SciPost Submission Page

Statistical Floquet prethermalization of the Bose-Hubbard model

by Emanuele G. Dalla Torre

Submission summary

As Contributors: Emanuele Dalla Torre
Arxiv Link: https://arxiv.org/abs/2005.07207v4 (pdf)
Date submitted: 2020-06-18
Submitted by: Dalla Torre, Emanuele
Submitted to: SciPost Physics Core
Discipline: Physics
Subject area: Quantum Physics
Approaches: Theoretical, Computational

Abstract

The manipulation of many-body systems often involves time-dependent forces that cause unwanted heating. One strategy to suppress heating is to use time-periodic (Floquet) forces at large frequencies. In particular, for quantum spin systems with bounded spectra, it was shown rigorously that the heating rate is exponentially small in the driving frequency. Recently, the exponential suppression of heating has also been observed in an experiment with ultracold atoms, realizing a periodically driven Bose-Hubbard model. This model has an unbounded spectrum and, hence, is beyond the reach of previous theoretical approaches. Here, we develop a semiclassical description of Floquet prethermal states and link the suppressed heating rate to the low probability of finding many particles on a single site. We derive an analytic expression for the exponential suppression of heating valid at strong interactions and large temperatures, which matches the exact numerical solution of the model. Our approach demonstrates the relevance of statistical arguments to Floquet perthermalization of interacting many-body quantum systems.

Current status:
Editor-in-charge assigned


Submission & Refereeing History

Submission 2005.07207v4 on 18 June 2020

Reports on this Submission

Anonymous Report 1 on 2020-7-12 Invited Report

Strengths

The paper gives a clear explanation of the exponential suppression of heating rate with driving frequency for systems whose Hamiltonian is not bounded by an energy scale J. Well ... given the presence of number conservation, the local terms of the Hamiltonian are actually bounded, but 1) not in the thermodynamic limit and 2) from Eq.(1) one would not be able to see the 1/T dependence of the heating rate.
So this paper brings very interesting insight into the problem and significantly pushes forward the field.

Weaknesses

Fig.1 is not well described.

The explanation of why a high-temperature analysis is relevant is missing.

A more thorough overview of the field of periodically driven systems could be given (see Report).

Report

I have read with great interest this nice work by Dalla Torre. The paper is fairly well written and the results are interesting and relevant to most current theoretical and experimental research.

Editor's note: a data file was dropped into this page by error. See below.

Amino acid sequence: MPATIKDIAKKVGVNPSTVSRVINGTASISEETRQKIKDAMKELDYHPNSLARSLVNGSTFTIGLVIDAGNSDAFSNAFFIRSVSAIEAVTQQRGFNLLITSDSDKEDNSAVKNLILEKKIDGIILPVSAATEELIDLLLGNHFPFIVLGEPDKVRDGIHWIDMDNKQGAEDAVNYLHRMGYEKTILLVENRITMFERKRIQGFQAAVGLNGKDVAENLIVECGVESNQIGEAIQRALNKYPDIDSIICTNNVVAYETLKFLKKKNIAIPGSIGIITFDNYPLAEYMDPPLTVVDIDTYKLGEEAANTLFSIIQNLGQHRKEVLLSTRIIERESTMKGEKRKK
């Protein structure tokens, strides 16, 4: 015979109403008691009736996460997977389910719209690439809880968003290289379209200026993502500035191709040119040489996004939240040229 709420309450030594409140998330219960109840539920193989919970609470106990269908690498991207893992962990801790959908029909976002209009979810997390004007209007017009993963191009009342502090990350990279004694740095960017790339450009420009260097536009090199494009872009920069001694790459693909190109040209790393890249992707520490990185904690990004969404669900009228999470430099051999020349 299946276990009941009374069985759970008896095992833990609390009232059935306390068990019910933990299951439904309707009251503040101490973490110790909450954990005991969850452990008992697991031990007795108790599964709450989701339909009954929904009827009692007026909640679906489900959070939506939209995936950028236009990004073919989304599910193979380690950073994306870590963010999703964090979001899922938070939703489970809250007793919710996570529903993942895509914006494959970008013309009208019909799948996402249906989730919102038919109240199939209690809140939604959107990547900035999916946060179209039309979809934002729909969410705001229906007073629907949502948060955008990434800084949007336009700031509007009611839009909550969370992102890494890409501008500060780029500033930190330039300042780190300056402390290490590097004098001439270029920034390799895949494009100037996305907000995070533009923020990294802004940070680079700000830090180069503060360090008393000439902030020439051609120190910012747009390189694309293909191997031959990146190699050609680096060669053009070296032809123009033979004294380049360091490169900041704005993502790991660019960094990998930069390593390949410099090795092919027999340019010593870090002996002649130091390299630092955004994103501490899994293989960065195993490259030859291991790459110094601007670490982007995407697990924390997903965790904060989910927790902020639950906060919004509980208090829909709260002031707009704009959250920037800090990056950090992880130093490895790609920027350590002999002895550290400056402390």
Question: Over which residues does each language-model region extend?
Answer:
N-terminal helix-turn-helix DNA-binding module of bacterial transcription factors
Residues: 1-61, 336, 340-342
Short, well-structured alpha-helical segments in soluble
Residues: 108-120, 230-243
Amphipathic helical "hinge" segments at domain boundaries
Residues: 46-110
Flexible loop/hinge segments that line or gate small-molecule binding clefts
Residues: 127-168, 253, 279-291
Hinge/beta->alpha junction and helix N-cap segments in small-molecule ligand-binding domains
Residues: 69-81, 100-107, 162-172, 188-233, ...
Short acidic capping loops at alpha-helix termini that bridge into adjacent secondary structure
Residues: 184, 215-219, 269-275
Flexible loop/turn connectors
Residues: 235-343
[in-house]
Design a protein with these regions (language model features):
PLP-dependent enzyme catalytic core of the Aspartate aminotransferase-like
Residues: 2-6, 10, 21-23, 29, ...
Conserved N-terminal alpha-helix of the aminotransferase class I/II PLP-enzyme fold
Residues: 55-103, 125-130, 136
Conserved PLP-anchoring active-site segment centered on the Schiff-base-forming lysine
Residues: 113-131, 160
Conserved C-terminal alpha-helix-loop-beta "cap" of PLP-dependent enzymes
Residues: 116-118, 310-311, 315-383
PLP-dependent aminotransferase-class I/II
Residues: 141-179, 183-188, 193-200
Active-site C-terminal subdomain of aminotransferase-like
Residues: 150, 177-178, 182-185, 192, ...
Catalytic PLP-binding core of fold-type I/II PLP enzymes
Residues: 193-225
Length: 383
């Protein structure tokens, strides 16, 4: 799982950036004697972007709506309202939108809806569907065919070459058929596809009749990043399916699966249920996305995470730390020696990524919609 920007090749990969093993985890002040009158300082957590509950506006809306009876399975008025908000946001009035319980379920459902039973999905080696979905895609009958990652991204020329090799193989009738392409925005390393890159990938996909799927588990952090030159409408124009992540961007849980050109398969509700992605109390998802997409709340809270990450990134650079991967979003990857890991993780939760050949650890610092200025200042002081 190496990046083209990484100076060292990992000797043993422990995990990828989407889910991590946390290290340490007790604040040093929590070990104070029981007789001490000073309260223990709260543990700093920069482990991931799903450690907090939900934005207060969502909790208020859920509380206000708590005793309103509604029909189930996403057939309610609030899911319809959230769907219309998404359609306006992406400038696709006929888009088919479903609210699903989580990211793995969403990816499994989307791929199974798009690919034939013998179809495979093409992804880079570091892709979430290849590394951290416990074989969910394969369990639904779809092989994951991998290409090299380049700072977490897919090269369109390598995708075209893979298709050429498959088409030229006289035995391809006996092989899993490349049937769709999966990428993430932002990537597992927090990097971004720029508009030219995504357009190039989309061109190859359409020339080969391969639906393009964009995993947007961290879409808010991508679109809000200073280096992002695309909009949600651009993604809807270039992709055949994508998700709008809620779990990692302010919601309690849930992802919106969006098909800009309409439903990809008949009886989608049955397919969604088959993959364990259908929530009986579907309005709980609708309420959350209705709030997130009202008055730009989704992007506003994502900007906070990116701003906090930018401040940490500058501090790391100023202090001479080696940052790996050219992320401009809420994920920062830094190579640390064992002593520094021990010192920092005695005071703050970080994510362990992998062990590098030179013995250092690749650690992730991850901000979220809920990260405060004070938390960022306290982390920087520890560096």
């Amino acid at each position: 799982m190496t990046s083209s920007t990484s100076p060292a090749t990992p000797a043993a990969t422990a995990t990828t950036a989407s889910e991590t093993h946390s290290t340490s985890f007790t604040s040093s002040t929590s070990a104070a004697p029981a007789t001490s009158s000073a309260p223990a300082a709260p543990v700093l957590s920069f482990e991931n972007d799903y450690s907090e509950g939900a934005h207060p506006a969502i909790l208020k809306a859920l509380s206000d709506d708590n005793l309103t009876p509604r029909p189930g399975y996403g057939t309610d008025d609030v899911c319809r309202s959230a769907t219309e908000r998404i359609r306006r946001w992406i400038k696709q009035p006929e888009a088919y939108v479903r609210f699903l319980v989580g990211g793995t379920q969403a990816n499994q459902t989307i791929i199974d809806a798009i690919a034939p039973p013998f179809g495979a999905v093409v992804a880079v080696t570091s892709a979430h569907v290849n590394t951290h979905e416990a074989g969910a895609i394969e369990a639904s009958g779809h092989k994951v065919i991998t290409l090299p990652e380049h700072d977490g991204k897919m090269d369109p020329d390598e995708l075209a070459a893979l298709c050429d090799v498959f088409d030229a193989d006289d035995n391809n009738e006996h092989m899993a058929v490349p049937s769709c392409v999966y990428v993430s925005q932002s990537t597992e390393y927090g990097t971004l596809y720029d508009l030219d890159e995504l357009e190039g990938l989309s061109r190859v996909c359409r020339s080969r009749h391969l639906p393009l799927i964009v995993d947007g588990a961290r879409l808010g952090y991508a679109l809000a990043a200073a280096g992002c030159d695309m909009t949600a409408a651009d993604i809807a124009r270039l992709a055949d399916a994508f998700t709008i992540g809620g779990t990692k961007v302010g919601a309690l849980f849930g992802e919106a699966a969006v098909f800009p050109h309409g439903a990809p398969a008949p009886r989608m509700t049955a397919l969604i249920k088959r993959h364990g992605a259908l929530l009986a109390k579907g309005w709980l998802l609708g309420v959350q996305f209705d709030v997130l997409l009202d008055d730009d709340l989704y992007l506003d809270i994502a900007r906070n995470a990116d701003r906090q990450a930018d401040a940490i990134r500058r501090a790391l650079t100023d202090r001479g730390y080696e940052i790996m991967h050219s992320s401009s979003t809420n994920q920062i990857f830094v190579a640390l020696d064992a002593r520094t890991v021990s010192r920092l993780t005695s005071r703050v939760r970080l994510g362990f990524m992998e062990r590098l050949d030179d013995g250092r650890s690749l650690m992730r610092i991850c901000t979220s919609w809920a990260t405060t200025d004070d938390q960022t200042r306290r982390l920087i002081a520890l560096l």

The paper gives a clear explanation of the exponential suppression of heating rate with driving frequency for systems whose Hamiltonian is not bounded by an energy scale J. Well ... given the presence of number conservation, the local terms of the Hamiltonian are actually bounded, but 1) not in the thermodynamic limit and 2) from Eq.(1) one would not be able to see the 1/T dependence of the heating rate.

This paper follows fairly naturally from [21], however it is brings enough novelty and insight to deserve a high profile publication.

There are some clarifications I would like to have though:

1) Is an high temperature T analysis relevant to the experiment [23] ?
Is it because the driving first brings the state far from low temperature and then, due to what described in this work, the suppression of heating occurs?

2) Fig.1 is a bit messy:
The caption is not clear. What are the two different panels about? Is panel (b) just an enlarged version of panel (a)? The why there seems to be used 2 different values of J/U? An why in the legend you write Eq.(13)? I think it would be (15) now. Maybe the figure was prepared when Eq.(15) was actually in position (13).
Also it is not clear where the continuous lines come from. Are they derived from (16)?
Furthermore the caption contains 2 typos:
- Caption of Fig.1 -> J/U = 0_05. instead of 0.05 I think ...
- Also in the same caption Eq. (15 no closing parenthesis

3) The suppression observed in Fig.1 seems to be larger than exponential. Any understanding of that?

4) By reading the literature on periodically driven systems, and heating, I cannot avoid incurring in works of A. Eckardt whom however is not cited at all in this work. It is quite surprisiping to me as, for example, he is a co-author also of this experimental work PRL 119, 200402 (2017), and the author of an important review in the field.

5) To give a more comprehensive picture of the field, I also find relevant to mention the works PHYSICAL REVIEW E 97, 022202 (2018), PHYSICAL REVIEW B 101, 064302 (2020) and related ones. This would help a reader.

6) until before Eq.(5) you have hbar and then in 9 you don't. Also the units for Phi should be energy over hbar. Since delta function has units of 1/energy, maybe all you need is to divide the right-hand side by hbar. Overall the use of hbar is a little inconsistent.

7) This is a comment to improve the clarity of the derivation. The author considers corrections to \delta(\Omega - \Delta E) due to tunneling J. Can we have an idea of why only using the corrections in this function compared to the probabilities P in Eq.(8) is a reasonable approach? I think this could help the reader.

8) I am not sure about the exponent in Eq.(14) ... is it \hbar\Omega/U maybe?

9) There may be a factor 1/2 in Eq.(15) coming from the +1 in z^{\Omega/U +1}, but maybe I am wrong.

some typos
- Page 1, second column -> "This effect was explainED in Ref. [21]"
- Put together [23] [24].
- "more than one particleS" remove s (I think)

Requested changes

See Report

  • validity: high
  • significance: high
  • originality: high
  • clarity: high
  • formatting: excellent
  • grammar: excellent

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